A few weeks ago, four former Hewlett-Packard employees between the ages of 52 and 63 filed a class action lawsuit in California alleging that HP engaged in age discrimination, and terminated their employment, in connection with a paring-down and restructuring of its workforce.
HP has denied the allegations of discrimination, stating that, “[t]he decision to implement a workforce reduction is always difficult, but we are confident that our decisions were based on legitimate factors unrelated to age.”
How do the plaintiffs intend to prove discrimination? They point to age-based statements made by CEO Meg Whitman during securities analyst meetings:
So, as we think about our overall labor pyramid at Hewlett-Packard, we need to return to a labor pyramid that really looks like a triangle where you have a lot of early career people who bring a lot of knowledge who you’re training to move up through your organization, and then people fall out either from a performance perspective or whatever.
And over the years, our labor pyramid doesn’t look — has become not a triangle. It’s become a bit more of a diamond. And we are working very hard to recalibrate and reshape our labor pyramid so that it looks like the more classical pyramid that you should have in any company and particularly in ES. If you don’t have a whole host of young people who are learning how to do delivery or learning how to do these kinds of things, you will be in [for] real challenges.
. . .
Now, that’s not something that changes like that. Changing the same shape of your labor pyramid takes a couple of years, but we are on it, and we’re amping up our early career hiring, our college hiring. And we put in place an informal rule to some extent which is, listen, when you are replacing someone, really think about the new style of IT skills.
Then, in response to a question in 2015 about the job cuts, Ms. Whitman again focused on the hiring of young talent:
That should be it. That will allow us to right-size our Enterprise Services business . . . to make sure that we’ve got a labor pyramid with lots of young people coming in right out of college and graduate school and early in their careers. That’s an important part of the future of the company. . . .
Do the plaintiffs have “smoking gun,” direct evidence of age discrimination? I have no idea whether HP and Ms. Whitman actually considered age in revamping its “diamond shaped” organization into a “pyramid shaped” organization, but she may now regret her public statements — particularly her focus on having a “whole host of young people” join the organization “right out of college and graduate school.”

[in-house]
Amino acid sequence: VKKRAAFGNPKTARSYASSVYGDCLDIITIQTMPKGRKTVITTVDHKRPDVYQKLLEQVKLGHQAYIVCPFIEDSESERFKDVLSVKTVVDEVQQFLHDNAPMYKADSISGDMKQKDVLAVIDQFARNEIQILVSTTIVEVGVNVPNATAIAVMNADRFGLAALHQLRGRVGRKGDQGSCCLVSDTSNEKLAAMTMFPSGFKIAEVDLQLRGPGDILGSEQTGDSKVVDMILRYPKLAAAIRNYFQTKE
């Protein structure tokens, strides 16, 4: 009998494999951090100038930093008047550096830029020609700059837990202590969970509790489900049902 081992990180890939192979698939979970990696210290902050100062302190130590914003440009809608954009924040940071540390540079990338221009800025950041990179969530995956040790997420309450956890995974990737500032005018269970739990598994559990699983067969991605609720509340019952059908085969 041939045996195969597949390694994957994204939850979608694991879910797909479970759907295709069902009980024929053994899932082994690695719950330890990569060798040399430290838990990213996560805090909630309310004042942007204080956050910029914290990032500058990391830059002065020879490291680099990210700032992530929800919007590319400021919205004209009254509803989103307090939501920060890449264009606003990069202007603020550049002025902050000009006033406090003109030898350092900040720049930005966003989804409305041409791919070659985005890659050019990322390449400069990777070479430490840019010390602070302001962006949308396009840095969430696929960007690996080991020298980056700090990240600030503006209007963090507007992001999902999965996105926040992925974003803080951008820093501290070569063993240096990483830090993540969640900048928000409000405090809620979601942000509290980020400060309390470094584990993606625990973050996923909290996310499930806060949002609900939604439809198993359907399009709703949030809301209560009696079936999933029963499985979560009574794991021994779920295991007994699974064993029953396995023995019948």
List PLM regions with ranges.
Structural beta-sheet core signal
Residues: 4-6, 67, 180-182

Unfortunately, reductions in force often are part of the normal business lifecycle. How can you reduce the risk of age discrimination allegations?
- Avoid age-based stereotypes and focus on individual job performance. Yes, you may have some workers who lack the technological skill-set that you desire, and some of those workers may happen to be “older,” but you also may have “younger” workers who lack the requisite skill-set. Don’t draw a correlation between age and skill-set.
- Prepare for a layoff well in advance, and analyze layoff data (age, race, sex, etc.) to ensure that the data does not scream-out discrimination.
- Prepare an internal memorandum summarizing the overriding reasons for the reduction in force, the layoff criteria, and the justification for each layoff decision. Better to create that memo before you’re sued; an after-the-fact explanation may not carry as much weight in the eyes of the jury.
- If you relied upon job performance as a layoff criterion, make sure you can justify the decision, preferably through objective evidence, such as performance evaluations and counseling or disciplinary statements.
- Avoid age-based buzzwords and phrases, such as “new blood,” “young blood,” “energetic employees,” “fresh faces,” or “recent college graduates.”
- Consider offering severance in exchange for a release of claims, and also remember that group layoffs may trigger various requirements under the Age Discrimination in Employment Act and the Older Workers Benefit Protection Act.
Reductions in force are replete with legal hurdles and potential pitfalls. Be sure to work with your employment law attorney to help reduce the potential exposure.